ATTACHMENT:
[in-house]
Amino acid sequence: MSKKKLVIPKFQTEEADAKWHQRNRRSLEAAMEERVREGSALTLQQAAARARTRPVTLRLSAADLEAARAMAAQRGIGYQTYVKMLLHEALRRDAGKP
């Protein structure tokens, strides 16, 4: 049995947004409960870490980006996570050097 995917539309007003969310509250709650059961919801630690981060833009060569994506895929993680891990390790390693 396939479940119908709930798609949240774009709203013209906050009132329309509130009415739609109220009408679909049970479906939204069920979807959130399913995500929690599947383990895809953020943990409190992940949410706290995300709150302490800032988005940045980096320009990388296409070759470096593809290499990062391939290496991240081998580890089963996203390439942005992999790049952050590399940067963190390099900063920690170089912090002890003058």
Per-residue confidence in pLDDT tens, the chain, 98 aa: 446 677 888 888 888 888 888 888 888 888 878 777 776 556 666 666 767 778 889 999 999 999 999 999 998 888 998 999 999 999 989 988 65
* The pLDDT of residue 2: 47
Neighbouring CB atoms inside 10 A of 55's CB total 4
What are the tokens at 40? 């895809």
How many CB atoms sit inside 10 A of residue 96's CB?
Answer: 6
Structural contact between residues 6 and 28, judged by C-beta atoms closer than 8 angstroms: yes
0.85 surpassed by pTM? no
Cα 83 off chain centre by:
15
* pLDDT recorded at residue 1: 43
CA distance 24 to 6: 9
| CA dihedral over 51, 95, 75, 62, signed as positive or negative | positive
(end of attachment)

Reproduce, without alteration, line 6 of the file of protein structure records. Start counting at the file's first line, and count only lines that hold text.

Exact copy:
Neighbouring CB atoms inside 10 A of 55's CB total 4